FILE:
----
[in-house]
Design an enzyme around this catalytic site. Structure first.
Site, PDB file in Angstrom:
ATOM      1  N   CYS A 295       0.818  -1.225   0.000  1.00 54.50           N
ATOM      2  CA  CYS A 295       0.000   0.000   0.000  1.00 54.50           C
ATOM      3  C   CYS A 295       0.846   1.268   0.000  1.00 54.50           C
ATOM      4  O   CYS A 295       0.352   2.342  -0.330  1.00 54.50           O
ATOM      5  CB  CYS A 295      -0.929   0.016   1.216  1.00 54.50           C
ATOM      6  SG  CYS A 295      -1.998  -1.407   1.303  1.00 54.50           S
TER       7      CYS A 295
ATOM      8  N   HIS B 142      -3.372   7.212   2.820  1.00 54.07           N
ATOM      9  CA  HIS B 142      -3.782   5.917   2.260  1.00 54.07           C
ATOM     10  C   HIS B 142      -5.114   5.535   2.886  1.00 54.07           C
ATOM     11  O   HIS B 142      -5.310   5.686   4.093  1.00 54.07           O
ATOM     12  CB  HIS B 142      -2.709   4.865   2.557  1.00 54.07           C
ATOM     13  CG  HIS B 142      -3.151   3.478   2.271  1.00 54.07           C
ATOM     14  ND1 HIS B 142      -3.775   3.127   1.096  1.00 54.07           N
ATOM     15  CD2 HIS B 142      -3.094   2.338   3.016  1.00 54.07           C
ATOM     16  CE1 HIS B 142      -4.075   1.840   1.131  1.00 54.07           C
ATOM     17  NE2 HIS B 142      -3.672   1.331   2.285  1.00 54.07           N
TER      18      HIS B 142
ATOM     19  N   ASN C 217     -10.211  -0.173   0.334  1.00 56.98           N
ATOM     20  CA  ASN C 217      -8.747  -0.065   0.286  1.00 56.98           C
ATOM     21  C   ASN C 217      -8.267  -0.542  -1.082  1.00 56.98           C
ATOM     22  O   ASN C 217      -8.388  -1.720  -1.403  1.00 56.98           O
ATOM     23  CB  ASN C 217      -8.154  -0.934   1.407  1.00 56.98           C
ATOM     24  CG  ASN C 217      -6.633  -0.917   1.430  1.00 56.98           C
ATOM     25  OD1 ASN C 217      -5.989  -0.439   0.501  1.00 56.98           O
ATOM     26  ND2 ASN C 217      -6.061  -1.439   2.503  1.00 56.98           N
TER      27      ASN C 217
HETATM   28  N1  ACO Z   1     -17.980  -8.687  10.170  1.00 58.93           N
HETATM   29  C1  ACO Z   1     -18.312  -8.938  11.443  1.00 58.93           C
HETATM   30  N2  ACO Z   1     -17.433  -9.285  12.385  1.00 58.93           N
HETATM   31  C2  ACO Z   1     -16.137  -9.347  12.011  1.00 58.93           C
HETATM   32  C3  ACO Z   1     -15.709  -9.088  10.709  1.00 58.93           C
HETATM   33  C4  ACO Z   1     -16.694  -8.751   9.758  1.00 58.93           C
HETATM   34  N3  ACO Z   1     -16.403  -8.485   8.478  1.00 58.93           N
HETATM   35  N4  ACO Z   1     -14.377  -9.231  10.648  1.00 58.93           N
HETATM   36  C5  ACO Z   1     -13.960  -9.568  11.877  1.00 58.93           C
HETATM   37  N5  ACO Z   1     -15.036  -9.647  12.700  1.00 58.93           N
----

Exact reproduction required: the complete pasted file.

[in-house]
Design an enzyme around this catalytic site. Structure first.
Site, PDB file in Angstrom:
ATOM      1  N   CYS A 295       0.818  -1.225   0.000  1.00 54.50           N
ATOM      2  CA  CYS A 295       0.000   0.000   0.000  1.00 54.50           C
ATOM      3  C   CYS A 295       0.846   1.268   0.000  1.00 54.50           C
ATOM      4  O   CYS A 295       0.352   2.342  -0.330  1.00 54.50           O
ATOM      5  CB  CYS A 295      -0.929   0.016   1.216  1.00 54.50           C
ATOM      6  SG  CYS A 295      -1.998  -1.407   1.303  1.00 54.50           S
TER       7      CYS A 295
ATOM      8  N   HIS B 142      -3.372   7.212   2.820  1.00 54.07           N
ATOM      9  CA  HIS B 142      -3.782   5.917   2.260  1.00 54.07           C
ATOM     10  C   HIS B 142      -5.114   5.535   2.886  1.00 54.07           C
ATOM     11  O   HIS B 142      -5.310   5.686   4.093  1.00 54.07           O
ATOM     12  CB  HIS B 142      -2.709   4.865   2.557  1.00 54.07           C
ATOM     13  CG  HIS B 142      -3.151   3.478   2.271  1.00 54.07           C
ATOM     14  ND1 HIS B 142      -3.775   3.127   1.096  1.00 54.07           N
ATOM     15  CD2 HIS B 142      -3.094   2.338   3.016  1.00 54.07           C
ATOM     16  CE1 HIS B 142      -4.075   1.840   1.131  1.00 54.07           C
ATOM     17  NE2 HIS B 142      -3.672   1.331   2.285  1.00 54.07           N
TER      18      HIS B 142
ATOM     19  N   ASN C 217     -10.211  -0.173   0.334  1.00 56.98           N
ATOM     20  CA  ASN C 217      -8.747  -0.065   0.286  1.00 56.98           C
ATOM     21  C   ASN C 217      -8.267  -0.542  -1.082  1.00 56.98           C
ATOM     22  O   ASN C 217      -8.388  -1.720  -1.403  1.00 56.98           O
ATOM     23  CB  ASN C 217      -8.154  -0.934   1.407  1.00 56.98           C
ATOM     24  CG  ASN C 217      -6.633  -0.917   1.430  1.00 56.98           C
ATOM     25  OD1 ASN C 217      -5.989  -0.439   0.501  1.00 56.98           O
ATOM     26  ND2 ASN C 217      -6.061  -1.439   2.503  1.00 56.98           N
TER      27      ASN C 217
HETATM   28  N1  ACO Z   1     -17.980  -8.687  10.170  1.00 58.93           N
HETATM   29  C1  ACO Z   1     -18.312  -8.938  11.443  1.00 58.93           C
HETATM   30  N2  ACO Z   1     -17.433  -9.285  12.385  1.00 58.93           N
HETATM   31  C2  ACO Z   1     -16.137  -9.347  12.011  1.00 58.93           C
HETATM   32  C3  ACO Z   1     -15.709  -9.088  10.709  1.00 58.93           C
HETATM   33  C4  ACO Z   1     -16.694  -8.751   9.758  1.00 58.93           C
HETATM   34  N3  ACO Z   1     -16.403  -8.485   8.478  1.00 58.93           N
HETATM   35  N4  ACO Z   1     -14.377  -9.231  10.648  1.00 58.93           N
HETATM   36  C5  ACO Z   1     -13.960  -9.568  11.877  1.00 58.93           C
HETATM   37  N5  ACO Z   1     -15.036  -9.647  12.700  1.00 58.93           N